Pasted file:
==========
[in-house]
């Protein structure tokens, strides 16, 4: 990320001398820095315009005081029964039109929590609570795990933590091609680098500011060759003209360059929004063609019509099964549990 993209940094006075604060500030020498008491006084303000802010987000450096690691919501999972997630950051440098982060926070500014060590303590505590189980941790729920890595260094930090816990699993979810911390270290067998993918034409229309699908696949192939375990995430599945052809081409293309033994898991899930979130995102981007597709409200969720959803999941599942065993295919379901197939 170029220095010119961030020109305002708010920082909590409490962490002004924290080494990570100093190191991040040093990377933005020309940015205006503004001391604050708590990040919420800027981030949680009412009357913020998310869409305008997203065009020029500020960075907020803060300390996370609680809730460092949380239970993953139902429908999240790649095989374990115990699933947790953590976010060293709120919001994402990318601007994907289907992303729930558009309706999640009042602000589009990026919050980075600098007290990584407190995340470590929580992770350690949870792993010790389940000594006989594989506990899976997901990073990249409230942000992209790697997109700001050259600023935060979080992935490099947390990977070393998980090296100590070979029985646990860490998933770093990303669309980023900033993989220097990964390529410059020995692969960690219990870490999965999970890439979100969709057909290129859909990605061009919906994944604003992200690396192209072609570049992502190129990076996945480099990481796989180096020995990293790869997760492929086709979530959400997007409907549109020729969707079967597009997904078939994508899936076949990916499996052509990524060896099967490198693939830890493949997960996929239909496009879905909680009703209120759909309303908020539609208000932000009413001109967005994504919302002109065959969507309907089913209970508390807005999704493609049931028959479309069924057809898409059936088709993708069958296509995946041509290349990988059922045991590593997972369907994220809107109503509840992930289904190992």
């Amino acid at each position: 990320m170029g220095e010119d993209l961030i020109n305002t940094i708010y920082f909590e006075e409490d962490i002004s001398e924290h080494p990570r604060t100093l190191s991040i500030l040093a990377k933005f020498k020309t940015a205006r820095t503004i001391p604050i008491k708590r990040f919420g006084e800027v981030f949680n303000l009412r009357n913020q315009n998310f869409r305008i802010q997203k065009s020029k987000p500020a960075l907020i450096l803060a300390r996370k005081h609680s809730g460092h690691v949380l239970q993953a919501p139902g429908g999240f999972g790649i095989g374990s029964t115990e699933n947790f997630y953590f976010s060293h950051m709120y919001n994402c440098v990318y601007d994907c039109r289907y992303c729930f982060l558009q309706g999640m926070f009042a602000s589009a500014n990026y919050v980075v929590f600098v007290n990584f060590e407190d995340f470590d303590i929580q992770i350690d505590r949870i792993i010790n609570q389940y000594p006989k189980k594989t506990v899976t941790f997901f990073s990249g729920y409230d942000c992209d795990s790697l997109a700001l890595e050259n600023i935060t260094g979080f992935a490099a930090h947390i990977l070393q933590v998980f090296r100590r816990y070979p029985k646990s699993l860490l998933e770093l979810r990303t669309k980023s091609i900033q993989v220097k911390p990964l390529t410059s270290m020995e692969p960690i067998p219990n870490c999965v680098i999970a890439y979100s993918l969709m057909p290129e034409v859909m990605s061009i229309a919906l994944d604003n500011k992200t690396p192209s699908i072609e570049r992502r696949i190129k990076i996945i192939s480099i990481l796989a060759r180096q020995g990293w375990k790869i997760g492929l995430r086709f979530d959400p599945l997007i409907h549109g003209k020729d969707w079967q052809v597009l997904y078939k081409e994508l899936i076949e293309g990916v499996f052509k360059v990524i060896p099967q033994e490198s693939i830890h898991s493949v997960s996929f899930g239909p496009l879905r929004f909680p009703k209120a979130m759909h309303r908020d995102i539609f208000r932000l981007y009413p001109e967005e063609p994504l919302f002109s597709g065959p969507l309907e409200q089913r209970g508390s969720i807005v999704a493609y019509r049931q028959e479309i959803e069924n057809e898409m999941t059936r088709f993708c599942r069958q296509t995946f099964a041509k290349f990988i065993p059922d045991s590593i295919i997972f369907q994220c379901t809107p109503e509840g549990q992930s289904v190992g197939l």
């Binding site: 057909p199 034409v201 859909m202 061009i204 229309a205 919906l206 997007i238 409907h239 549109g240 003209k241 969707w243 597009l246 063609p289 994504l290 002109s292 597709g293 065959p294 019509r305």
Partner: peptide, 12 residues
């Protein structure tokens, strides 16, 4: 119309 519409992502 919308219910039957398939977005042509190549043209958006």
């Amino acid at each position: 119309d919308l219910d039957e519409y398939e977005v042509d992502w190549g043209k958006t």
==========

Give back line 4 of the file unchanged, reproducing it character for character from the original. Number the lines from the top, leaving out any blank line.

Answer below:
């Binding site: 057909p199 034409v201 859909m202 061009i204 229309a205 919906l206 997007i238 409907h239 549109g240 003209k241 969707w243 597009l246 063609p289 994504l290 002109s292 597709g293 065959p294 019509r305």